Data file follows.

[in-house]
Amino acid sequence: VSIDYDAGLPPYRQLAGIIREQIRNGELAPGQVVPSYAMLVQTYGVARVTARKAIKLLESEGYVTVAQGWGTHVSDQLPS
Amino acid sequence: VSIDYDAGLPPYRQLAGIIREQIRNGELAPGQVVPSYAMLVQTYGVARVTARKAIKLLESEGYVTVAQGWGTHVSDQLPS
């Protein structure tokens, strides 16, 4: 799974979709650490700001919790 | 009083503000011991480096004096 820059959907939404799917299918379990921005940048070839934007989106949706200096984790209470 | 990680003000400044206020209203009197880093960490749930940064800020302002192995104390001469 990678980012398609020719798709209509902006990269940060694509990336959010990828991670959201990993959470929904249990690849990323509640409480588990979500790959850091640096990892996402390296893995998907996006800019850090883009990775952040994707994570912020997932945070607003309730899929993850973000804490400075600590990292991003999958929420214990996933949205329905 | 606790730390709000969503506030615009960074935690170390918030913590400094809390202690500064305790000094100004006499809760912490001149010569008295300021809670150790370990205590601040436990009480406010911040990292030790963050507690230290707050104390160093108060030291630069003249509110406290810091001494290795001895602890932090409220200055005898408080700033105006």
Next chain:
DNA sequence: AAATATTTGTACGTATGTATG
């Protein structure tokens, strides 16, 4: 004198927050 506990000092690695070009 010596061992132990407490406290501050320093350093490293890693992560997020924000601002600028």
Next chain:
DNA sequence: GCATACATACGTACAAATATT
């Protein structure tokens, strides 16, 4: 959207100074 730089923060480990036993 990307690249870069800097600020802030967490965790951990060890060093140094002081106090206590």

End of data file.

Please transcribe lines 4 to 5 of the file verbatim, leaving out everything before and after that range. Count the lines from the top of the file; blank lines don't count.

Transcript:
């Protein structure tokens, strides 16, 4: 799974979709650490700001919790 | 009083503000011991480096004096 820059959907939404799917299918379990921005940048070839934007989106949706200096984790209470 | 990680003000400044206020209203009197880093960490749930940064800020302002192995104390001469 990678980012398609020719798709209509902006990269940060694509990336959010990828991670959201990993959470929904249990690849990323509640409480588990979500790959850091640096990892996402390296893995998907996006800019850090883009990775952040994707994570912020997932945070607003309730899929993850973000804490400075600590990292991003999958929420214990996933949205329905 | 606790730390709000969503506030615009960074935690170390918030913590400094809390202690500064305790000094100004006499809760912490001149010569008295300021809670150790370990205590601040436990009480406010911040990292030790963050507690230290707050104390160093108060030291630069003249509110406290810091001494290795001895602890932090409220200055005898408080700033105006």
Next chain: